Producing poor quality content

Needless to say, spelling and grammar in 2015 is non-negotiable. You’ve heard it before so let’s not dwell on it; sometimes the little red squiggly lines of your Microsoft Word spell-check just aren’t enough.

If I spelt, spelled and spilled like this, Word has no issue. Read your work and re-read it.

It’s a popular belief that you shouldn’t edit something you’ve written – but some of us don’t have the luxury of an on demand proofreader or spouse to go through our writing. A handy trick is to read the text backwards. This forces you to read and engage with what you’ve written. You’ll pick up errors easier this way (seriously, try it!).

It’s also a good idea to make and close friends of yours. They’ll save your behind when you least expect.

Not publishing regularly

Regular writing has a huge number of benefits for both your business and you personally.

For business it:

  • Results in more traffic and lifts your search engine rankings.
  • Consolidates your presence and creates regularity keeping your readers coming back.
  • Gives you fuel for your social media channels. Sharing posts from months ago is ok if mixed with new content.
  • Breeds ideas for future writing. Doing a ten-part series on how to start a vegetable garden could lead to an online course on how to grow roses in the winter, or how to start a florist.
  • Once you have enough, you could roll the best parts into a published book.

Personal benefits:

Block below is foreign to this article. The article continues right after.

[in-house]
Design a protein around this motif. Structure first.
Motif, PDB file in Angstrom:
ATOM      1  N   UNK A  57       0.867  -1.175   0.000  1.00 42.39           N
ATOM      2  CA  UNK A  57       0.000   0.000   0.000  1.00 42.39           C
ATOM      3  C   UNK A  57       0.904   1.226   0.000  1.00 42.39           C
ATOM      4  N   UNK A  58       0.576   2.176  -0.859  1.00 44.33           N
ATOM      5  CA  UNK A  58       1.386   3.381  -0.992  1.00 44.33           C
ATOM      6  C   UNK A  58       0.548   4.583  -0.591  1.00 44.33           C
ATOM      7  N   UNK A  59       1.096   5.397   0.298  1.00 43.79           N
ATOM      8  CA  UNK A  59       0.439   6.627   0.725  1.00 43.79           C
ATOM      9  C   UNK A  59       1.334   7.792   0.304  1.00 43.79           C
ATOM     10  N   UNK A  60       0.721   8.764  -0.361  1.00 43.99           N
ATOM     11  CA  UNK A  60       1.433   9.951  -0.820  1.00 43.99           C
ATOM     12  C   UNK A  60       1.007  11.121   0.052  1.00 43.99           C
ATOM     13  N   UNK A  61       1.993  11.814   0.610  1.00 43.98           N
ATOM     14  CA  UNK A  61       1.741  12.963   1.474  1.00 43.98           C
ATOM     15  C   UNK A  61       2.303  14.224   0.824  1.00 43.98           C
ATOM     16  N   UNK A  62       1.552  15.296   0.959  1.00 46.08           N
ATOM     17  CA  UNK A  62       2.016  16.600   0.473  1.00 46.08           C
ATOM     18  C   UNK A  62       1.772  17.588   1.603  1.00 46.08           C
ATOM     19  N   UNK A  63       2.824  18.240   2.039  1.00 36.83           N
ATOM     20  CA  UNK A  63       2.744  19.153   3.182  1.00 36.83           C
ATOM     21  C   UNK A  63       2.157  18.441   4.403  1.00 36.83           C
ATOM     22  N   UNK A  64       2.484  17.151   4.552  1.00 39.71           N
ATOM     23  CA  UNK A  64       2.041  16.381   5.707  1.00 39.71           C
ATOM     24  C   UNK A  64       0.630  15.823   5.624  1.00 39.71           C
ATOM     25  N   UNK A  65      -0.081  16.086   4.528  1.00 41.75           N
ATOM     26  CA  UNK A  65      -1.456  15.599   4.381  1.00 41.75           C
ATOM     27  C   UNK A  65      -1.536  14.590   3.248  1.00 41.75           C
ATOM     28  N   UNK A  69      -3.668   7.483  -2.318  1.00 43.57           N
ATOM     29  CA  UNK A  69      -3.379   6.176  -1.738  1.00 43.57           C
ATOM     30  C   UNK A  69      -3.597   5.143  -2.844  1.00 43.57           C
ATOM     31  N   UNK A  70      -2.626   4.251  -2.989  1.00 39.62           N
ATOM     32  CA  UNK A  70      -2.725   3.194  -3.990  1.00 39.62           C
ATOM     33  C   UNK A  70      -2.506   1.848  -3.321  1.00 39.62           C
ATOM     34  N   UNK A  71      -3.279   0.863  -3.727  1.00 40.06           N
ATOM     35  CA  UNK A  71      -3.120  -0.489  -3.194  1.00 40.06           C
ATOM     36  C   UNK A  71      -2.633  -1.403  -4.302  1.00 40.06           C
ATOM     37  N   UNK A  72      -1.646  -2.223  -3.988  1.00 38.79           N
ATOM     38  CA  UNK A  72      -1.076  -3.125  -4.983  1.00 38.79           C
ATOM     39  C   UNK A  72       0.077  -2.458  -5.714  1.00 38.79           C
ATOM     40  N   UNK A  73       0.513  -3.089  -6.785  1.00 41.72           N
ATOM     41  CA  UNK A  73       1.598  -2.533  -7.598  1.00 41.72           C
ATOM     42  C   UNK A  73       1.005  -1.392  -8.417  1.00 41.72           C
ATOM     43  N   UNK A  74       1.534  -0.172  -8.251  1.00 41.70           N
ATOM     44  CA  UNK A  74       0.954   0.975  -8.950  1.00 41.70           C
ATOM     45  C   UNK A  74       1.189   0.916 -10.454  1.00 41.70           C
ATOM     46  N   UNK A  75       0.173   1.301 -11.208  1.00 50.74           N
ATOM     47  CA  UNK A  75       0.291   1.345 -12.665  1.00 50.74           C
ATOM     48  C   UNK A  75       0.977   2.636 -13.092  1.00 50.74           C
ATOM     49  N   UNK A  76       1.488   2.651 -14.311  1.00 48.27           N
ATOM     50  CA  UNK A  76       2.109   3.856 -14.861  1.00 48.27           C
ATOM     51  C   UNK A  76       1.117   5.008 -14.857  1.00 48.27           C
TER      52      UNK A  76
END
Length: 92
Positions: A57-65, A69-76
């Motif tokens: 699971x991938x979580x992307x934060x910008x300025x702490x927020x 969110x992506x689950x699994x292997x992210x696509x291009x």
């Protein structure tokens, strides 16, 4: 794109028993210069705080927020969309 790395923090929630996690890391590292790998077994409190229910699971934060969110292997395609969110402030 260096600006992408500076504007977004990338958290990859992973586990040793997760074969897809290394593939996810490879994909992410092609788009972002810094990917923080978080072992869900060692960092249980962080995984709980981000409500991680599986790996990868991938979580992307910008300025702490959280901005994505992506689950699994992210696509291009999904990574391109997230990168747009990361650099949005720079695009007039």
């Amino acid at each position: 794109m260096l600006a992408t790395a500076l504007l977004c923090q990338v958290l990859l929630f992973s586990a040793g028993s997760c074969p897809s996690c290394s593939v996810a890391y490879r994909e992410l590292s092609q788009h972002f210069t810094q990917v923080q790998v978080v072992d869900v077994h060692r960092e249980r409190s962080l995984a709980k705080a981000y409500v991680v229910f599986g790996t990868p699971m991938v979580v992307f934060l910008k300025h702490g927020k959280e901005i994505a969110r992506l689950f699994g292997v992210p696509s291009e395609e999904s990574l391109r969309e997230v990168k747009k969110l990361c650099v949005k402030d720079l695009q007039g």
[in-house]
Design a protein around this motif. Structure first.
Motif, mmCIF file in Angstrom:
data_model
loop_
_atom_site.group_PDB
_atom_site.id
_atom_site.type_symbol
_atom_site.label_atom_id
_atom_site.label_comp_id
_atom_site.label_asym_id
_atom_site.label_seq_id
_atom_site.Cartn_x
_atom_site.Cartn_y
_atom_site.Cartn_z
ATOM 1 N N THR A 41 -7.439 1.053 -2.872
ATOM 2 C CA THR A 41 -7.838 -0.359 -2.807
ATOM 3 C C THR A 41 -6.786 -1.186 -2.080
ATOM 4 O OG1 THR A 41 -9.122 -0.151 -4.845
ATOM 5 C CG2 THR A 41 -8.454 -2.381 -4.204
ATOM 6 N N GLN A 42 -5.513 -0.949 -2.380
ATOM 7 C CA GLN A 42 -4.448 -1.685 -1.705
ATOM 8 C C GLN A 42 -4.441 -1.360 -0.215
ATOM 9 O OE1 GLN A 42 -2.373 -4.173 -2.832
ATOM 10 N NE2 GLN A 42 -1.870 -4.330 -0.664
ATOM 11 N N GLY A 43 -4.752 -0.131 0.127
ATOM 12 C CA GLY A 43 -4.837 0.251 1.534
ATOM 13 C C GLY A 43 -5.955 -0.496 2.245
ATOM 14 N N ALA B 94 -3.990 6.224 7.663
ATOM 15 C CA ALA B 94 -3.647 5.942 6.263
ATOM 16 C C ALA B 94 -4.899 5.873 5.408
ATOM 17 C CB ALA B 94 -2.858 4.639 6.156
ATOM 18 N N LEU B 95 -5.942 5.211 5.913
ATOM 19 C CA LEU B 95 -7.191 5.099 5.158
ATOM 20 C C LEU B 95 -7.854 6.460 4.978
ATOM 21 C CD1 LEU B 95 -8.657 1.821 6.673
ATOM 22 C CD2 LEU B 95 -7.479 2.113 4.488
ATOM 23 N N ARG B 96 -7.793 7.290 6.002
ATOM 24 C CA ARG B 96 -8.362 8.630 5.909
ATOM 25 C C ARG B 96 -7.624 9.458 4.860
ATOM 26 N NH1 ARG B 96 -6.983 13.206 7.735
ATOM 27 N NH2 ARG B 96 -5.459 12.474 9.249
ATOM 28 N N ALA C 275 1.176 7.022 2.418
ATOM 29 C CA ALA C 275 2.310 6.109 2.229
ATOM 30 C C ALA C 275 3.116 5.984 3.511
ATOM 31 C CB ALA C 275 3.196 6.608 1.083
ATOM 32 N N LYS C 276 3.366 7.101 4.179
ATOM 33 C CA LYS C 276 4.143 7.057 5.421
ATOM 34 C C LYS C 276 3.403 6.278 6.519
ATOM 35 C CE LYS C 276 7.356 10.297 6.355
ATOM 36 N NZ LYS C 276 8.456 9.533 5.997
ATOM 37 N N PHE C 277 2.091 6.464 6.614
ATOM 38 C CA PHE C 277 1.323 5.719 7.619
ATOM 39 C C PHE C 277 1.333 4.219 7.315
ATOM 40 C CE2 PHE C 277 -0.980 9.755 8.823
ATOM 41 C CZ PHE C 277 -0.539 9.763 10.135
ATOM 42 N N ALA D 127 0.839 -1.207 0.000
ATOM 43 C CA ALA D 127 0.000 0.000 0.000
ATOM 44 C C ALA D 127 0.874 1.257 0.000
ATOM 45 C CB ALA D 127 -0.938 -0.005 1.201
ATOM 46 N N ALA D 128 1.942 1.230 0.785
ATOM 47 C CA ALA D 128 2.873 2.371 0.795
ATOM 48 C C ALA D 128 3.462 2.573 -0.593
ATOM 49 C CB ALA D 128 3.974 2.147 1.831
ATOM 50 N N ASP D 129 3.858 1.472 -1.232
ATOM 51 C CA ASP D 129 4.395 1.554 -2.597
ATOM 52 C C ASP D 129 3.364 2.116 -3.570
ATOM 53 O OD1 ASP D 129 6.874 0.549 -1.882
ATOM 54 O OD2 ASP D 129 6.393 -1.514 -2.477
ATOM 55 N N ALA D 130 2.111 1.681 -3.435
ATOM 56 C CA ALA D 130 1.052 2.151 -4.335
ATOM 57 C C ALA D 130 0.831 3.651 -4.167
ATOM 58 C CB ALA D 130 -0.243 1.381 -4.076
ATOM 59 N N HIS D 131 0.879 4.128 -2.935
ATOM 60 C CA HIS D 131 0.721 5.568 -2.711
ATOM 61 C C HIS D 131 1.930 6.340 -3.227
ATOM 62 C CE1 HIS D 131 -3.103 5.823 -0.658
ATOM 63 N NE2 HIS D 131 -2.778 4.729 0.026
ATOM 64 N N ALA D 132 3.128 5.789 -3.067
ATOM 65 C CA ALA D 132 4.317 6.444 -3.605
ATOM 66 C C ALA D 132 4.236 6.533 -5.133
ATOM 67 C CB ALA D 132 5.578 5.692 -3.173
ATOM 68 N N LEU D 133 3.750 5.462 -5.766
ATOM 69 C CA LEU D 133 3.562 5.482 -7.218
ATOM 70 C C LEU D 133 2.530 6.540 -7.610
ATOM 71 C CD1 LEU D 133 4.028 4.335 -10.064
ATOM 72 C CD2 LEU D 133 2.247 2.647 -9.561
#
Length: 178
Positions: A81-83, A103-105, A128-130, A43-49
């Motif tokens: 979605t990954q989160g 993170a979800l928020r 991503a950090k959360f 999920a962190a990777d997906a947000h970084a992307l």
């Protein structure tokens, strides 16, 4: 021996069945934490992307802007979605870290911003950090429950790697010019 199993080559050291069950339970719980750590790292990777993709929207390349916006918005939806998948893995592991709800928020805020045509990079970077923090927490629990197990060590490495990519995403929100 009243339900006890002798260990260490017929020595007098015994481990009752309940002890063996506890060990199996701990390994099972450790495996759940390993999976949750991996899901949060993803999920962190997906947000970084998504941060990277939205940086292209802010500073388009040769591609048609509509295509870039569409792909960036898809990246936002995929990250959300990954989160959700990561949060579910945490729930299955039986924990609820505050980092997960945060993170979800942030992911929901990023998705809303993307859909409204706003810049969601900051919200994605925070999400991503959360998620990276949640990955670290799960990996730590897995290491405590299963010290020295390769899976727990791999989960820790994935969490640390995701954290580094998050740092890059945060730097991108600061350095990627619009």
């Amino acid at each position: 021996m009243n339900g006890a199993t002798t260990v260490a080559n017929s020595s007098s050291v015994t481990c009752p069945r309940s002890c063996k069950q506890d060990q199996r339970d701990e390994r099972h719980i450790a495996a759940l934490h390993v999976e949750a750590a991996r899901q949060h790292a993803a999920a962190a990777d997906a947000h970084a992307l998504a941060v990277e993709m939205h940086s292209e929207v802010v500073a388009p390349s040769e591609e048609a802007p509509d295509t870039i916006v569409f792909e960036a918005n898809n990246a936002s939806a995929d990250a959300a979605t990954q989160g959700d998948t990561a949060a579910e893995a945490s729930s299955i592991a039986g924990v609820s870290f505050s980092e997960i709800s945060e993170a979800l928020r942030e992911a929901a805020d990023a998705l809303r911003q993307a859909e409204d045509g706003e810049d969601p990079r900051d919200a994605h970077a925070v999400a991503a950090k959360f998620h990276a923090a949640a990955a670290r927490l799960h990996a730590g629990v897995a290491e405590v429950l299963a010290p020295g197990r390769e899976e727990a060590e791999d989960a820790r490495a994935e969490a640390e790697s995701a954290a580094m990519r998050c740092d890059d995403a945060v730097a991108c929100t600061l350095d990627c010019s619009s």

• Regular writing makes you better at writing.
  • It clarifies thoughts and helps cultivates creativity.
  • Your other writing will benefit – emails, texts messages, notes on the fridge.

Forgetting SEO and social

As mentioned, a major advantage of writing online is to increase those SEO scores.

Its effectiveness may not be what it used to be, but targeting long-tail keywords can pick you up a few wayward search visitors.

Think of long-tail keywords as specific phrases people might punch into a search engine. Think, “blue Mazda 323 for sale Melbourne”, or “How to change a mountain bike tyre”. These phrases are asking a particular question that you can base the entire article around.

But please, keep it natural.

If I see you stuffing these long-tail key phrases in un-naturally, we’re going to have words.

Another important player in your online game is getting your work out there for people to see. Make sure you share and encourage to share. Again, this keeps your social media churning over and keeps your readers engaged.

Set yourself up a content syndication system and you’re on your way.

Last but not least, have fun with it

Like the impossible fitness plan, if you hate your content plan you won’t stick to it.

With practice, you’ll find yourself sticking to these rules when creating content for your brand without even thinking about it. Remember them and you’re well on your way to a successful inbound campaign.

And don’t forget to have fun with your audience. If you’re enjoying your creations, chances are that others are enjoying them too.